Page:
rocket tracking


Monday, September 16, 2013

Aullwood: Vita Marie Lovett

Vita Marie Lovett "South Window"  12 2/3" x 9 3/4
Vita Marie Lovett is another "regular" artist at Aullwood's art quilt show.  I wrote about her work in 2010 and in 2009.  I am drawn to her work for many reasons, her fondness for old architecture (especially barns), antiques, and detail.  I appreciate this piece for several reasons:  In the early spring, I can't wait to harvest some forsythia to bring in and have their luscious yellow chase the winter doldrums away.

 I also love the long rays of light which one finds in the early morning and late afternoon.  I imagine that this time is fleeting for her as she lives in the foothills of the Great Smoky Mountains in Tennessee. One of the things I missed the most when I moved to Connecticut from Michigan was the long periods of this "long light" . Because the area of Michigan I lived in was fairly flat, just gentle hills, and the area of Ohio where I live now is flat as a pancake thanks to the hard work of the glaciers, I have longer periods of this light.  Connecticut was just too hilly!  But there are many things I do miss about living in New England.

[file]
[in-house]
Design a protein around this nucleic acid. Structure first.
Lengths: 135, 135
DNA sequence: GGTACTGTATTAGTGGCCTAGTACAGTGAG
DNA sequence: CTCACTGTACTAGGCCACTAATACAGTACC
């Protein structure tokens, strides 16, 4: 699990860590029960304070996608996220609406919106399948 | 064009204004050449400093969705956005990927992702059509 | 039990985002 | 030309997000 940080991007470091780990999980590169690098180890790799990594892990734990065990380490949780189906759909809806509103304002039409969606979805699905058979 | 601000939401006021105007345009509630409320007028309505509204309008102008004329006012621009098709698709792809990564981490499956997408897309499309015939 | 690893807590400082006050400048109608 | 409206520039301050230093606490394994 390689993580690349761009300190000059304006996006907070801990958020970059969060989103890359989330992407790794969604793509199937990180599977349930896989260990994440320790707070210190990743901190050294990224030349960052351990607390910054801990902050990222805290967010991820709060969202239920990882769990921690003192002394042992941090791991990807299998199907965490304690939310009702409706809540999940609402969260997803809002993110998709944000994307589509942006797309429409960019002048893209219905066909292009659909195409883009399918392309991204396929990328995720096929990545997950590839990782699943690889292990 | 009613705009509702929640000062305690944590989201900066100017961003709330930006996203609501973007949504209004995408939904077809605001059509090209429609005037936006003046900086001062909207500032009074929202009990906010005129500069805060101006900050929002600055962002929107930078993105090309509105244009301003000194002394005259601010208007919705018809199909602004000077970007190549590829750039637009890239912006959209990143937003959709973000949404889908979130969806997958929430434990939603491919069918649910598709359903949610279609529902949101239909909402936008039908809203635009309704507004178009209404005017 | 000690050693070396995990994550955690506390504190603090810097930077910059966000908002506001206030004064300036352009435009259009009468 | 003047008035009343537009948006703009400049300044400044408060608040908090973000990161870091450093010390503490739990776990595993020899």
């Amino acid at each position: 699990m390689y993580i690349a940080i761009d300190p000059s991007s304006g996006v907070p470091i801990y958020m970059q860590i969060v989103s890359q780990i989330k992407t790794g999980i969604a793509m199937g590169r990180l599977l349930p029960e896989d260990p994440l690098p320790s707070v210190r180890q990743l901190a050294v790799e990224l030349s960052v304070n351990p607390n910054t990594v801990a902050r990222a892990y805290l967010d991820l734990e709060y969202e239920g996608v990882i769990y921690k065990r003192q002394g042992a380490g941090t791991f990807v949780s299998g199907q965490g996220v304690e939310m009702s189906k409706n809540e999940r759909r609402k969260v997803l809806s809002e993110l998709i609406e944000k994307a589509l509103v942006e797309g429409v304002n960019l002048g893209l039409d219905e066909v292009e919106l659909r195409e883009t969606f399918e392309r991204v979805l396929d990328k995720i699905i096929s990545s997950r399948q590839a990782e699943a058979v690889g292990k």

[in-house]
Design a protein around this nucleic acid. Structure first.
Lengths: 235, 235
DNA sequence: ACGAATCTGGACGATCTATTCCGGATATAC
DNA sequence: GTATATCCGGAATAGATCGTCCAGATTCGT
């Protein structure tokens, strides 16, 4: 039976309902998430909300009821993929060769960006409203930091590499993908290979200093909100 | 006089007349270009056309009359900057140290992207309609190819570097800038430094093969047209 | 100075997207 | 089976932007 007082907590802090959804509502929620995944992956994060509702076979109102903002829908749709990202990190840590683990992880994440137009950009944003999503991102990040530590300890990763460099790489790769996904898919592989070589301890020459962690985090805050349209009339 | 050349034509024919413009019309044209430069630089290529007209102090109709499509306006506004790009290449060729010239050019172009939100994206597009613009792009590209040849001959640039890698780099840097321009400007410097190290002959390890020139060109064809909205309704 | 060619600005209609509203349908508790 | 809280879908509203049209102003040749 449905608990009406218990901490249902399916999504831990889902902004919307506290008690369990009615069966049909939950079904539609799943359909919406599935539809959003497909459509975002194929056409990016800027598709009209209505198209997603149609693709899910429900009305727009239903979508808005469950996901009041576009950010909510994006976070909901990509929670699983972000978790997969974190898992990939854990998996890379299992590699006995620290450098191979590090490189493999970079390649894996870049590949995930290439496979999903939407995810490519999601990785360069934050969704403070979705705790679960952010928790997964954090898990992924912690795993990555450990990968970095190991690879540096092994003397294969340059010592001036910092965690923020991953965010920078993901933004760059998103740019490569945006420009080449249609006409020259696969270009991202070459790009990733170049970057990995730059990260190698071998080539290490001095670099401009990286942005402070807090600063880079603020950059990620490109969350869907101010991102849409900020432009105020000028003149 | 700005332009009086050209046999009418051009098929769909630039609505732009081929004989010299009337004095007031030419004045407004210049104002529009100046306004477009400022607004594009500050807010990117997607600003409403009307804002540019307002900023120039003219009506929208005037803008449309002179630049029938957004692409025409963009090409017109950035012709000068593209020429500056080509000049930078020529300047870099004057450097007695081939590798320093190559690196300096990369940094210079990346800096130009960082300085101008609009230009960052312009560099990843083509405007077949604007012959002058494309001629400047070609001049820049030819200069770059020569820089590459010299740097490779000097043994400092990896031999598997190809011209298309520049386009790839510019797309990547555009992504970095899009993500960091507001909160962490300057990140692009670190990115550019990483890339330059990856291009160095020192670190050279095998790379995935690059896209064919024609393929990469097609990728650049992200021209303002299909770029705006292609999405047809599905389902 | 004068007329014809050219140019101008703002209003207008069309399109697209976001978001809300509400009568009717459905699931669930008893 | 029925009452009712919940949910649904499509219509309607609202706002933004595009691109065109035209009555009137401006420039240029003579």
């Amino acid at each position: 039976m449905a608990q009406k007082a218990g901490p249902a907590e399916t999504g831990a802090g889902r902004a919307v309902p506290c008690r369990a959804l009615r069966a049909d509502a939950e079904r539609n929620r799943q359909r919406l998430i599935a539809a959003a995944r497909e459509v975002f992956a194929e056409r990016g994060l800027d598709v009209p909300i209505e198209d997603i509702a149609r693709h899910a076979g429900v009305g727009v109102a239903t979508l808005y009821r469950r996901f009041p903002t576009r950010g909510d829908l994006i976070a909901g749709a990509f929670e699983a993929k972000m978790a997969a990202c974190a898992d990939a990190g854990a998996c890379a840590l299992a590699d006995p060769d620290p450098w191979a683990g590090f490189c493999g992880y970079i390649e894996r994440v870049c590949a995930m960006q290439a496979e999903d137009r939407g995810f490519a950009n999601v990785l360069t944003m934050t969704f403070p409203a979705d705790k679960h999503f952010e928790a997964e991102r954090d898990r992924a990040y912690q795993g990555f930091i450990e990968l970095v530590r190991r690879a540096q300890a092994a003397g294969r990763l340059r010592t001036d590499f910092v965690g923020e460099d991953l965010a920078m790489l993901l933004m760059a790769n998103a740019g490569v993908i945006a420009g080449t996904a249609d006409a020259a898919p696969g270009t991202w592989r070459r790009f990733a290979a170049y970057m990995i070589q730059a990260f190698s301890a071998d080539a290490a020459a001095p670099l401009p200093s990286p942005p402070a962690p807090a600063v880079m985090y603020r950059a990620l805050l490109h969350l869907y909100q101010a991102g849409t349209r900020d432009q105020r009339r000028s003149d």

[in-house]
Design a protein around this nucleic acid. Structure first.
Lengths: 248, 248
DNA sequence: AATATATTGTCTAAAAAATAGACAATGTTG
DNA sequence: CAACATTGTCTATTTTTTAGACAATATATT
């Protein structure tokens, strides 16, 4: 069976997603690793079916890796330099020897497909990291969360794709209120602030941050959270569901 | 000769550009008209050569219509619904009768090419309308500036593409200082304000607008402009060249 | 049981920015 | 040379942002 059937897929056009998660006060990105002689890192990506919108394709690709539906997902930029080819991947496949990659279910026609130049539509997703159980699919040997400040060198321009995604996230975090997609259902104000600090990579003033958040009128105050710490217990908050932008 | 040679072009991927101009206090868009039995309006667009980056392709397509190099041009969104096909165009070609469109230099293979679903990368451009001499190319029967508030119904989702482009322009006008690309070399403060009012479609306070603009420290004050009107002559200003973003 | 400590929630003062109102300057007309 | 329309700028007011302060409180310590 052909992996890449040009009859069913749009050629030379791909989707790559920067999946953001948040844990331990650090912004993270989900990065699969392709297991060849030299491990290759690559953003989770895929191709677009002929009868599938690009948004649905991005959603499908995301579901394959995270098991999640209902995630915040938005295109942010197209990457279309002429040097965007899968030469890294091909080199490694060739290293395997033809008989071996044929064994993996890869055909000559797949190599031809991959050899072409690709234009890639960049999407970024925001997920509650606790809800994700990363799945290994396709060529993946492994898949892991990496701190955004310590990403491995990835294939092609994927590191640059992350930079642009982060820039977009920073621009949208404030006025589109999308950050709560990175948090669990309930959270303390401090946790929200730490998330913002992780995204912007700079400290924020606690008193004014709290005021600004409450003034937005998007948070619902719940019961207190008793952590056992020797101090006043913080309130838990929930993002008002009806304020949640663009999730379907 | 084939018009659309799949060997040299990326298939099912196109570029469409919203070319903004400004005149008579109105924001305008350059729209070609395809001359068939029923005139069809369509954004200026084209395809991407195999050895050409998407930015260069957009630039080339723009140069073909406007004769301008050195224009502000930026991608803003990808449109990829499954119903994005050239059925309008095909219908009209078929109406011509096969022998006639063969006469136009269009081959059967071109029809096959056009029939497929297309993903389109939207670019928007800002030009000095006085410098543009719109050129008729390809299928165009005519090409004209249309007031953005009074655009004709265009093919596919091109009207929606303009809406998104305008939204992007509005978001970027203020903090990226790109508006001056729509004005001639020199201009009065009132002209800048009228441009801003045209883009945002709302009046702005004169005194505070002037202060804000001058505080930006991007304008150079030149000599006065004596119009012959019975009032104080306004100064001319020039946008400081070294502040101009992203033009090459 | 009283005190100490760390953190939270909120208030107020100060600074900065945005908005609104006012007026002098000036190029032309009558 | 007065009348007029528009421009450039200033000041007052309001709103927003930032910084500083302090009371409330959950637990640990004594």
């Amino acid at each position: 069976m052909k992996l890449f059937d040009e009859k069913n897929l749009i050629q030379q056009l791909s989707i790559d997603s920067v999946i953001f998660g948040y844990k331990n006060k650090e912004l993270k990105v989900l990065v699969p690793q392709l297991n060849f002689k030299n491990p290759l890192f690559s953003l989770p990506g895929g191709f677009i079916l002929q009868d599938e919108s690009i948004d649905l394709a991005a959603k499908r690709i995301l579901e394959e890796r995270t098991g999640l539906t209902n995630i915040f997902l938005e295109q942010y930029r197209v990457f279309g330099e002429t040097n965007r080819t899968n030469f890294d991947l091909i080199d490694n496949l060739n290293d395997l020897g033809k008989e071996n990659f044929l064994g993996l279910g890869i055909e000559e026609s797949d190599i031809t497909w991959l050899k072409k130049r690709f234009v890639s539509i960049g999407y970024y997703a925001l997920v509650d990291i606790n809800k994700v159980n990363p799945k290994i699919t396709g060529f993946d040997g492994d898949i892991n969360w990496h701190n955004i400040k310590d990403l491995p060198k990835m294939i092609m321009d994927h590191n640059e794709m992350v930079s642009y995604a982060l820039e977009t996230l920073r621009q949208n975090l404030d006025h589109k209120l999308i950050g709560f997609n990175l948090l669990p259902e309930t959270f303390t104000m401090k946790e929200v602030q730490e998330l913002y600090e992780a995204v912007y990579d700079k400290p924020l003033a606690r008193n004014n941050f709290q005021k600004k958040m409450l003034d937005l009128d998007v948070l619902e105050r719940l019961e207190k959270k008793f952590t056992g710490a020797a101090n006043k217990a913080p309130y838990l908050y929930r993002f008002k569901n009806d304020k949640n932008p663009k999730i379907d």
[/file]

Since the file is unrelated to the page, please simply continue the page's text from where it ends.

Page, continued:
Vita Marie Lovett "South Window", detail.
Vita Marie drew this image from the south window in her cabin. I appreciate her work because she does not print a photograph on fabric then stitch over it,  but paints a background the color reflected in what she sees, then draws with thread on top of it..often many, many layers to do the detail. Her work is rich and sparkles...and lays flat as a pancake, I think partly because she uses canvas as her back ground.  That strong fabric is less likely to be distorted from all the work she does.